The Minister of Education and Sports, Janet Kataha Museveni, has said that the Ministry is investigating circumstances under which over 30 pupils in Butambala and Iganga districts failed to sit the recently concluded Primary Leaving Examinations (PLE).
This revelation by the Education Minister follows concerns raised by Bunyole West MP, Hon. James Waluswaka, on 06 November 2018 when he said that the pupils did not sit their PLE because of failure by head teachers to pay examination fees. He attributed this to reported misuse of the pupil’s registration fees.
In response to Hon. Waluswaka during plenary sitting on Thursday, 8 November, 2018, Mrs. Museveni said that preliminary investigations indicated that the pupils missed the exams because they were in schools which were not registered with the Uganda National Examinations Board (UNEB).
She said it had been discovered that 20 pupils in Bahrain Nursery and Primary School in Iganga were not registered to sit for the examinations because the school was not registered by UNEB.
“We have cases of schools without exam centres but they register students in schools with exam centres. We are investigating why these students were not registered in a school with exam centers,” Mrs. Museveni said.
She added that the Ministry of Education is verifying media reports which indicated that five pupils of Busenja Junior school and six pupils from St. Peter’s Primary school, both in Butambala district were not registered to sit for the exams.
While responding to comments by Busiro East County MP, Medard Lubega Sseggona and the Leader of the Opposition, Hon. Betty Aol Ocan, to consider giving supplementary examinations to the pupils who missed the exams, the Minister said that the UNEB policy is clear on the examination process, which begins with registration of candidates in March of the examination year. She explained that the process also involves preparation of the examination, setting, moderation, typesetting and packing, distribution and field conduct of the examination.
“Candidates of a particular year should be assessed using the same instrument to ensure uniformity in grading awards. Administering a different examination therefore, to a group that did not sit is creating another examination within the main examination. It is not a good practice internationally,” Mrs. Museveni said.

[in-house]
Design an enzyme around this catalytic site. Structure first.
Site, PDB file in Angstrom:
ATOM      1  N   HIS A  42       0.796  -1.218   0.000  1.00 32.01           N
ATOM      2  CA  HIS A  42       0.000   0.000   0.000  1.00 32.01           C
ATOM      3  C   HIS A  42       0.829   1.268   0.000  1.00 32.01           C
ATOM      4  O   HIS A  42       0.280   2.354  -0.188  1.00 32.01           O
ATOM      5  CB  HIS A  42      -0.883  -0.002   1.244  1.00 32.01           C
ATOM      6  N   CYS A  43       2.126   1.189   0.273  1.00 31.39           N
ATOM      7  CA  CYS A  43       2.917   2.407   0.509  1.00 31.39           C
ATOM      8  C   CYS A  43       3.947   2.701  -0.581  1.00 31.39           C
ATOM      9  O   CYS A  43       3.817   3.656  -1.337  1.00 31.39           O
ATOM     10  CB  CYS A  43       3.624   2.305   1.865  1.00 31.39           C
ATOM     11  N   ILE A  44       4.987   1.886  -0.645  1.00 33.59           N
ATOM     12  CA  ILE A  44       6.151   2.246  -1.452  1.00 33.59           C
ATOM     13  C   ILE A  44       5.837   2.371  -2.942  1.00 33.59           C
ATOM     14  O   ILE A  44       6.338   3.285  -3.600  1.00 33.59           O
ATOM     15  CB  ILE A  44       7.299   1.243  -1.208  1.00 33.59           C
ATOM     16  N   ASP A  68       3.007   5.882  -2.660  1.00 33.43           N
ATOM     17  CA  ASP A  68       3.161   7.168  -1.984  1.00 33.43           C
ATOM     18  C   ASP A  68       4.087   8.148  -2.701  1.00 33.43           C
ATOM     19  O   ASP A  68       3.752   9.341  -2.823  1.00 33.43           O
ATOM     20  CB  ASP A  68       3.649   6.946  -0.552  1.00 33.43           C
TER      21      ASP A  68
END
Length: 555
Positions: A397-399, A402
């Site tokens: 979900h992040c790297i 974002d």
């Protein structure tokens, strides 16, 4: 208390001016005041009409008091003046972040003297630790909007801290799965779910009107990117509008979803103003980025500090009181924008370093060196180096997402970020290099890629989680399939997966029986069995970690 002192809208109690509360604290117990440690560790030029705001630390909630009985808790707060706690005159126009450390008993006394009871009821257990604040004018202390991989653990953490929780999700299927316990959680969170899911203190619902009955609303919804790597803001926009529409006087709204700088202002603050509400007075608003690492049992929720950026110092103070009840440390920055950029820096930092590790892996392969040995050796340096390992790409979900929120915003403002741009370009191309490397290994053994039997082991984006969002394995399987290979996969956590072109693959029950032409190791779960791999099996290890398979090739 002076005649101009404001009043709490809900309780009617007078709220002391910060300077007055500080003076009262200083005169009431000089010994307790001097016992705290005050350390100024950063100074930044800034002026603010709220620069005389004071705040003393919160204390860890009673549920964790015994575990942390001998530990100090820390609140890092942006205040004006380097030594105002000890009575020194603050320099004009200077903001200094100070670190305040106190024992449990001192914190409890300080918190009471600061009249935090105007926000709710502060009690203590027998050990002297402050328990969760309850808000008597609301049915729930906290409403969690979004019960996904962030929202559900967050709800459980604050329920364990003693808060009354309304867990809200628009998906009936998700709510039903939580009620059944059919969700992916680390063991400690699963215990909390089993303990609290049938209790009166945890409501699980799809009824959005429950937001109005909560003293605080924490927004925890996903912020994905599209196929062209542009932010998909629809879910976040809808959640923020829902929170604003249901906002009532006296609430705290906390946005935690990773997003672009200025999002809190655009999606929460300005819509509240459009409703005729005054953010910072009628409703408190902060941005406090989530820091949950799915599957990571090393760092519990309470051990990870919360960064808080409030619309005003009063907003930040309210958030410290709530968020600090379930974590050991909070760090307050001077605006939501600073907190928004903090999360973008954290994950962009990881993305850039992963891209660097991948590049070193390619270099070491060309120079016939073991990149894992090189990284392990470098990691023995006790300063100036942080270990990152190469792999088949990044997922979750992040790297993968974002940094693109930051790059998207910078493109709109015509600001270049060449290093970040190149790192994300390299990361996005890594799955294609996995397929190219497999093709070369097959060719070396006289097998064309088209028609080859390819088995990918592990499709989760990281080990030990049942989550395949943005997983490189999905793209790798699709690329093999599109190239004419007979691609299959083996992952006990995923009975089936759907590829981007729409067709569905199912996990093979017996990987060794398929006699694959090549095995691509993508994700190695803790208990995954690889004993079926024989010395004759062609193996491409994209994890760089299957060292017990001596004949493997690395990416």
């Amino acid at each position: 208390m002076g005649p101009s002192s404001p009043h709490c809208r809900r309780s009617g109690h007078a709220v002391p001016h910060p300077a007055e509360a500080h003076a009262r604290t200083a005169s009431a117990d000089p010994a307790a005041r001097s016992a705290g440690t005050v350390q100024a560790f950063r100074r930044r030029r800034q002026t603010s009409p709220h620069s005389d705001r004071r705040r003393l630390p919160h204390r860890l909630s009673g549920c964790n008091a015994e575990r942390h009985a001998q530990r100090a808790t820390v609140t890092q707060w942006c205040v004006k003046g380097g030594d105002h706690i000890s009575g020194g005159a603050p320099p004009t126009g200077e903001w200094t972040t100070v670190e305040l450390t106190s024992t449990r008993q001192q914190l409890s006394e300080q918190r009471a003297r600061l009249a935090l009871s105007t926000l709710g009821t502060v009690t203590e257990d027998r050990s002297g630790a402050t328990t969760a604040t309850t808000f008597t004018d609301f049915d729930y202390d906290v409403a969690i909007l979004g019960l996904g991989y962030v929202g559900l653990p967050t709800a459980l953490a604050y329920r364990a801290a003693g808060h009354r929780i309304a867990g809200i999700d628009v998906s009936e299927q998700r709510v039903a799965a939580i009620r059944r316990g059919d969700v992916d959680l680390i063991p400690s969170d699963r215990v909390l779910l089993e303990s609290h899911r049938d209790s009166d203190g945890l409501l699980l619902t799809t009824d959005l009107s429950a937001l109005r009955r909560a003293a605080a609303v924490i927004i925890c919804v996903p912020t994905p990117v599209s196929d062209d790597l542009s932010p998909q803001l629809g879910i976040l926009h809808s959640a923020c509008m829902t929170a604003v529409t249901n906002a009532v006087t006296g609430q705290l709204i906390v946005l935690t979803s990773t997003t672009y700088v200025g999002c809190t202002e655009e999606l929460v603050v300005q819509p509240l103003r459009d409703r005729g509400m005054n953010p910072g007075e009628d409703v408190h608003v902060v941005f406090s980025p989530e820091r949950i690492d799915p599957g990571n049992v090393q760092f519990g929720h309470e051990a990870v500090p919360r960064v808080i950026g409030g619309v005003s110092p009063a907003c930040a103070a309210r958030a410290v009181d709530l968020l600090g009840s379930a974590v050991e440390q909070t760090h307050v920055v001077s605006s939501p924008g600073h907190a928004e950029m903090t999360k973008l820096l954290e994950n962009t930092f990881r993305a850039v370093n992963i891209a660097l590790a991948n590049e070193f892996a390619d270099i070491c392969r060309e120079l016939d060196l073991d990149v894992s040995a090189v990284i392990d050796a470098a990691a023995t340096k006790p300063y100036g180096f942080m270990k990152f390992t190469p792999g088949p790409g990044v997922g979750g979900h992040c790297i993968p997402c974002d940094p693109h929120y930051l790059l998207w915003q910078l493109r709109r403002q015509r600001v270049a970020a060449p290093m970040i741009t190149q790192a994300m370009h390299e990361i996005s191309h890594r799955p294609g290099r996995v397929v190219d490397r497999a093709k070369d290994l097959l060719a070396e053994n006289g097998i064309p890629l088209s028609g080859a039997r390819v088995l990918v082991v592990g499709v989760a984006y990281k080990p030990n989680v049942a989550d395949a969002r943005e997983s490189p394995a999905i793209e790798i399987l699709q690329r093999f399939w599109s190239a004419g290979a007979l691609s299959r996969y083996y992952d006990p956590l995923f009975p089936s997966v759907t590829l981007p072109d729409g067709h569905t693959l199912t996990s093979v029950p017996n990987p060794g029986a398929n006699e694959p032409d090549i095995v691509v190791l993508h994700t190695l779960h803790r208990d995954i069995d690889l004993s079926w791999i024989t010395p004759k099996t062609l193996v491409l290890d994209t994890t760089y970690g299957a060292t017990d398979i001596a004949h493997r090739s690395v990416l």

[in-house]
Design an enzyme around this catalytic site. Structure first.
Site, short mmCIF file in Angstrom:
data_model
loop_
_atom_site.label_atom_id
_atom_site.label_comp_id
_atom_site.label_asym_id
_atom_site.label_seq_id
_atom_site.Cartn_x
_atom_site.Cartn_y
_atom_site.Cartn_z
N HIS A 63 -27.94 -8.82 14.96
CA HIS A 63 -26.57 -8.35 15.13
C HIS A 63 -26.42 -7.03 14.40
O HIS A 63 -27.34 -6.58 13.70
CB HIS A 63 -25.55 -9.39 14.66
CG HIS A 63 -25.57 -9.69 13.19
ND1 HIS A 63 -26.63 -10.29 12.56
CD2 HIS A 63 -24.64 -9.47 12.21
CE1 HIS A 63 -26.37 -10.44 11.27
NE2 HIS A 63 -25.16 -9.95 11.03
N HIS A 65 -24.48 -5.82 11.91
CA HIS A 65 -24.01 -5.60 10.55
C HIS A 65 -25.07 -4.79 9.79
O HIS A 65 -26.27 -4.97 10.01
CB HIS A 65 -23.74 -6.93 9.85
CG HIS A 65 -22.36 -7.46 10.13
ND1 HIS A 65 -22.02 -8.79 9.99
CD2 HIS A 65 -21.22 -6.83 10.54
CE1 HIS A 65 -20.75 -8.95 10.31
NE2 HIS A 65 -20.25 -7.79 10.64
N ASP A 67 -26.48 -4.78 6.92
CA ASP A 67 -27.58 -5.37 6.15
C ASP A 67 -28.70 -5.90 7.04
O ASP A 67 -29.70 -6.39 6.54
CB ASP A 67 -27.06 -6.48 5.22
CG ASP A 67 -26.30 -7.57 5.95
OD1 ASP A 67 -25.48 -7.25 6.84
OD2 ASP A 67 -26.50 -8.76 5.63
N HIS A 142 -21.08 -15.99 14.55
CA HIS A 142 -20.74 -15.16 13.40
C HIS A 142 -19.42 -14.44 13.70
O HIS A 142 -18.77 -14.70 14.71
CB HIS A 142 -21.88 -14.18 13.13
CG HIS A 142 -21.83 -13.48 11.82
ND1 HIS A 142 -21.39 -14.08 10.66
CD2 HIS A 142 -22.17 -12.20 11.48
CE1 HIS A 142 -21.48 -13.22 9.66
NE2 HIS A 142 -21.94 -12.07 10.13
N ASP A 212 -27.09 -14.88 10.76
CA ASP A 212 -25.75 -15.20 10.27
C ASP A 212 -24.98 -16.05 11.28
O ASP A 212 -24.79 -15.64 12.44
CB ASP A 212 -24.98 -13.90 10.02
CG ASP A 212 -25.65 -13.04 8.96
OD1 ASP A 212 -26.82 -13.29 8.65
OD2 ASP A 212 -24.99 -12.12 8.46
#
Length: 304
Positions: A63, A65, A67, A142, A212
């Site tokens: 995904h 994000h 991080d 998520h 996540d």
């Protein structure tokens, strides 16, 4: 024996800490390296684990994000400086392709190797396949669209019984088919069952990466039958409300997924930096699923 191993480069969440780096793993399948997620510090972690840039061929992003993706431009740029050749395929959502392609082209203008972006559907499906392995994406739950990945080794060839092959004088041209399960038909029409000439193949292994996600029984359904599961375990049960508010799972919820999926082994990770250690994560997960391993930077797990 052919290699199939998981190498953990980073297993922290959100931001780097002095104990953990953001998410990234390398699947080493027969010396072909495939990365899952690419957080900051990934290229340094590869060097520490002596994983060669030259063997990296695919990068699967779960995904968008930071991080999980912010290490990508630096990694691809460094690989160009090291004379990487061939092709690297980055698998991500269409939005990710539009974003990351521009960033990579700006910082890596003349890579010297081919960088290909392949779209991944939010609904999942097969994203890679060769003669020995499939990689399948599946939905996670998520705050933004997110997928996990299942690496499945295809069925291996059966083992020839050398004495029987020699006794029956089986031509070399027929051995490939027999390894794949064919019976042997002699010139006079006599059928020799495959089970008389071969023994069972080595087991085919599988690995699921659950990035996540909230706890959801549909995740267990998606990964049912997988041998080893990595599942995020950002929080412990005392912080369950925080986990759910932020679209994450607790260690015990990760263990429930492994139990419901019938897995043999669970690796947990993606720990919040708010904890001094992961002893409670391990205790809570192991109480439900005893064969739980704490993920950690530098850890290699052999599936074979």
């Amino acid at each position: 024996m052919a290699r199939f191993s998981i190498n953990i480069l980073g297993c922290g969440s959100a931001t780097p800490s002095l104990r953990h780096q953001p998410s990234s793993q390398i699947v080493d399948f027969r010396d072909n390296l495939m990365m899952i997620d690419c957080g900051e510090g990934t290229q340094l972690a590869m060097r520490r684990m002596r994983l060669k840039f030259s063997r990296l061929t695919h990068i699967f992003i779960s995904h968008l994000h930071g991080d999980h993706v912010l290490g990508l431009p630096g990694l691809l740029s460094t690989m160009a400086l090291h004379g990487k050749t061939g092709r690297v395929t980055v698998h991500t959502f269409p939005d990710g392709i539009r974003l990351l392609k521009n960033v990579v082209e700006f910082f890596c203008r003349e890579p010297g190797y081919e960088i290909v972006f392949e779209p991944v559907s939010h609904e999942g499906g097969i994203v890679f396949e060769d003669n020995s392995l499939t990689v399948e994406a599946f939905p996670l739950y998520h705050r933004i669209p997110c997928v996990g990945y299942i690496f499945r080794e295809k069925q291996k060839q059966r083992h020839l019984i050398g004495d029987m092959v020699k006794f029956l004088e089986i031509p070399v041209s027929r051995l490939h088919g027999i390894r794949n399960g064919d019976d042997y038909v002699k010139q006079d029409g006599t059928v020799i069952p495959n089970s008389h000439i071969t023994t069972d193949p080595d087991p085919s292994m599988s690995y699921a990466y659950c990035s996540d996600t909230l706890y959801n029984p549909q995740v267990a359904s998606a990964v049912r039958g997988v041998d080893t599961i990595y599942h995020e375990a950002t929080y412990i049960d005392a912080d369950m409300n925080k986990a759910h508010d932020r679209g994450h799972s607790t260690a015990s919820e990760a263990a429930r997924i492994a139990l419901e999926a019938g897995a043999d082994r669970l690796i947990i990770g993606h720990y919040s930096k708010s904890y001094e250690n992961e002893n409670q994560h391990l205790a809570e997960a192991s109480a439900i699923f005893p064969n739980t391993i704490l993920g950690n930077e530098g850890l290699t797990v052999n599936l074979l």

She added that giving another examination can only be done when UNEB cancels or withdraws the entire or regional examination due to factors that render that examination invalid due to errors or widespread malpractice.
“Giving another examination is a dangerous precedent as school heads and directors will misuse the funds in the knowledge that another examination is possible. The whole process will be abused,” Mrs. Museveni said.
She however said that UNEB provides ways in which schools can confirm registration status of pupils and this includes use of SMS.
“Those pupils discovered unregistered before printing and packing of examinations are registered but no arrangements are possible for those found unregistered immediately before or after the examination,” she said.
Mrs. Museveni also gave an assurance that the proposed UNEB Bill that will soon be presented to Cabinet has very steep penalties for school directors found guilty of swindling registration fees.
The Deputy Speaker of Parliament, Jacob Oulanyah, asked the Minister to consider developing a system in which pupils and students can check their registration status.
“This system should be able to allow each registered candidate to find out if they are registered,” said Oulanyah.